Fisher said that SLCM-N would have given “the United States a near-term survivable tactical nuclear deterrent–that does not require the often difficult approval of allies for basing—with which it can help convince Russia and China not to initiate the use of tactical nuclear weapons.”

Without a robust tactical nuclear option, the United States would be forced to back down given Russian or Chinese use of tactical nuclear weapons or escalate to the strategic level and risk retaliation against U.S. cities.

“Today Russia has 2,000 or many more theater nuclear weapons and China likely has more than 1,000 whereas the United States reportedly only has about 500 tactical nuclear bombs and only deploys 100 of these in Europe and none in Asia,” wrote Fisher.

The Biden administration is doing something to improve America’s nuclear arsenal, though not enough. It requested a record $813 billion in defense spending for 2023, which eclipses the former president’s. Some of this will be spent on modernizing the nuclear triad, which is composed of America’s nuclear weapons deployed on bombers, submarines, and land-based missiles, but not for the SLCM-N.

Epoch Times Photo
The Arleigh-Burke class guided-missile destroyer USS Barry (DDG 52) conducting underway operations in the South China Sea on April 28, 2020. (Samuel Hardgrove/U.S. Navy/AFP via Getty Images)

President Joe Biden is apparently attempting to return to the Barack Obama era of nuclear strategy, which sought a “world without nuclear weapons” through gradual acts of unilateral peacemaking at the expense of relative American power and the ultimate strategy of peace through strength.

In 2010, then-President Obama preceded Biden in scrapping the nuclear cruise missile, only briefly revived by President Donald Trump.

However nice a concept, the pacifist approach to nuclear strategy didn’t work. Instead, it gave Russia and China a head-start on hypersonic missile development and the rapid buildup of their conventional military and nuclear forces, much of which is meant for offense rather than defense.

If America did ever fully disarm its nuclear arsenal, there is no guarantee that Moscow and Beijing would do the same, even if they promised otherwise. If they did, their larger conventional military power and China’s massive population could then overwhelm American military forces, with no American nuclear deterrent available.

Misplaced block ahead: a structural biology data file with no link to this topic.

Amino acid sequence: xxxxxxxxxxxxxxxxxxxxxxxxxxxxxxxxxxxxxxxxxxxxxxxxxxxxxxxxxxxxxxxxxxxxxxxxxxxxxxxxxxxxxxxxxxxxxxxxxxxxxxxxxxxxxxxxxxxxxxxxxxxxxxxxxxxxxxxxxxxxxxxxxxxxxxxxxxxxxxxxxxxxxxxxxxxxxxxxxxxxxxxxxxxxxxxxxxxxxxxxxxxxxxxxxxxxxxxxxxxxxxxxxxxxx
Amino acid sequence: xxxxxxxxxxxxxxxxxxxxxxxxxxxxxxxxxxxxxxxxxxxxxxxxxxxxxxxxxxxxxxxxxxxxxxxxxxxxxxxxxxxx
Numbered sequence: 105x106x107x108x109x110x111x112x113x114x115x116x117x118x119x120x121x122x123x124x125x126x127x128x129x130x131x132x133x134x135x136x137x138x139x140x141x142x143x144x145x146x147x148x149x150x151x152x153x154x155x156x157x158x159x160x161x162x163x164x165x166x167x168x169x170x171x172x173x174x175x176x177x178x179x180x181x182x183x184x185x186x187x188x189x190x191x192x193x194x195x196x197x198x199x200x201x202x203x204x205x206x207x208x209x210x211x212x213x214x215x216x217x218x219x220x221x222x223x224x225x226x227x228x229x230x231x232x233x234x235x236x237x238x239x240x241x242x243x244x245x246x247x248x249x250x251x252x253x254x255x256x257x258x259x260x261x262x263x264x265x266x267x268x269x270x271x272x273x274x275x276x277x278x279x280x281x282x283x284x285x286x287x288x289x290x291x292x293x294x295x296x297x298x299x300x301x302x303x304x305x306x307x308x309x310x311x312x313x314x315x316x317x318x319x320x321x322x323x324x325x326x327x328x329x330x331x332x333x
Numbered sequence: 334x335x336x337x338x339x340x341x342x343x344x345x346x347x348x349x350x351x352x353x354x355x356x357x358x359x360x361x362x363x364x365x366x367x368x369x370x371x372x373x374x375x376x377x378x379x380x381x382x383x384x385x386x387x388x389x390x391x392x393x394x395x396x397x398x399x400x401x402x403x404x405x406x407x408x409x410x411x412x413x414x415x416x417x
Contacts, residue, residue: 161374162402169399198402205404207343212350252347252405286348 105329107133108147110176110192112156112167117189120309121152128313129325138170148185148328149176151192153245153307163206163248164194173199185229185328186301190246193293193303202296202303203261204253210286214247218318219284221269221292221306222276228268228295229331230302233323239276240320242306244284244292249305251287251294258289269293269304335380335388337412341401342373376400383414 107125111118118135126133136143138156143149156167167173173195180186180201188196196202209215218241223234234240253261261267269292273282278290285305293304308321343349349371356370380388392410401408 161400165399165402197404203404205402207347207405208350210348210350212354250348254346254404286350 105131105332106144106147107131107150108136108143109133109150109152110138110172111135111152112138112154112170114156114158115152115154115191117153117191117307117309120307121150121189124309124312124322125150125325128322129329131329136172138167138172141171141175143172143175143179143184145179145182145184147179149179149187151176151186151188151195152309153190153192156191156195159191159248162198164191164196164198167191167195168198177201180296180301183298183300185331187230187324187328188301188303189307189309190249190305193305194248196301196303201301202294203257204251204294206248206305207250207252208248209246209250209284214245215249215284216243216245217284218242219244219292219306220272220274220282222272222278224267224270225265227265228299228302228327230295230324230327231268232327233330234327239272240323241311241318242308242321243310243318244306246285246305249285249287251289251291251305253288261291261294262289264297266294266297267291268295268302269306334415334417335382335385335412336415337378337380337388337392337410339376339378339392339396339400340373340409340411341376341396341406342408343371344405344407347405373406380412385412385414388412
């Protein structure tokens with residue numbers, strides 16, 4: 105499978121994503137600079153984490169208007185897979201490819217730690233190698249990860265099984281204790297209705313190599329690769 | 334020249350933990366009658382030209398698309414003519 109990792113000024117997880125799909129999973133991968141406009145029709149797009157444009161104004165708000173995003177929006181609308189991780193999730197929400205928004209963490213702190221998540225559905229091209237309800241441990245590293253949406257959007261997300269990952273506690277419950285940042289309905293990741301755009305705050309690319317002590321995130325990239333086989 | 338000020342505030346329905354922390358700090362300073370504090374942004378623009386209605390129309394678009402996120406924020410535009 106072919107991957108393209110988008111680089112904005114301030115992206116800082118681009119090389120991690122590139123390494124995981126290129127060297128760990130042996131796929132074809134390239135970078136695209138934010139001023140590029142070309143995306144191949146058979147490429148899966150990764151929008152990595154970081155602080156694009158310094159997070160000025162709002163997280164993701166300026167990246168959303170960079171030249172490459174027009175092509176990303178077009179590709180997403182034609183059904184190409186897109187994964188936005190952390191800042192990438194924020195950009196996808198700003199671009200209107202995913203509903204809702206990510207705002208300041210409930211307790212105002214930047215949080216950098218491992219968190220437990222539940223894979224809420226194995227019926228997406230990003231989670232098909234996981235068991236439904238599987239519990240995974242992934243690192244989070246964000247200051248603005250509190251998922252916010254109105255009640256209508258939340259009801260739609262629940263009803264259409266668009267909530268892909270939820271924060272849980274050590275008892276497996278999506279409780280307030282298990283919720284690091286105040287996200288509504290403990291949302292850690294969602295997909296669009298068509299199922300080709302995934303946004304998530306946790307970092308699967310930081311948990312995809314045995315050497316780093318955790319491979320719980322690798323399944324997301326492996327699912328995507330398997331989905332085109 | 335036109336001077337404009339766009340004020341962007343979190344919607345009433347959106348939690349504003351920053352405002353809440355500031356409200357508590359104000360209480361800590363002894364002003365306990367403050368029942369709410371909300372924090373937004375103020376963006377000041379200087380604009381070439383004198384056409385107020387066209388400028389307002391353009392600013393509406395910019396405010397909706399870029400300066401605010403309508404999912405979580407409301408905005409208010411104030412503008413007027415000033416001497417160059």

There is no risk-free solution to the threats above. Risks and costs abound whatever path is chosen because those risks and costs are imposed on America by the Chinese Communist Party (CCP) and its allies, who respond to the olive branches of democracy with daggers hidden behind dictatorial backs. Appearing soft may be riskier than getting tougher.

America should beware of thinking that by being nicer, the CCP will somehow back off. It won’t. It will take niceness as a sign of weakness and advance on our positions globally, starting with the weakest of democracies, like Ukraine and Taiwan, that we left out in the cold from our alliances.

Beijing has a goal of global hegemony and a set of sophisticated strategies to achieve this, including using tactical nuclear weapons to scare us into a fatal paralysis when we should be ever more active in our defense. Biden needs to return America to its only successful strategy against the world’s most ruthless dictators: peace through strength.

Views expressed in this article are the opinions of the author and do not necessarily reflect the views of The Epoch Times.

Anders Corr

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Anders Corr has a bachelor’s/master’s in political science from Yale University (2001) and a doctorate in government from Harvard University (2008). He is a principal at Corr Analytics Inc., publisher of the Journal of Political Risk, and has conducted extensive research in North America, Europe, and Asia. His latest books are “The Concentration of Power: Institutionalization, Hierarchy, and Hegemony” (2021) and “Great Powers, Grand Strategies: the New Game in the South China Sea” (2018).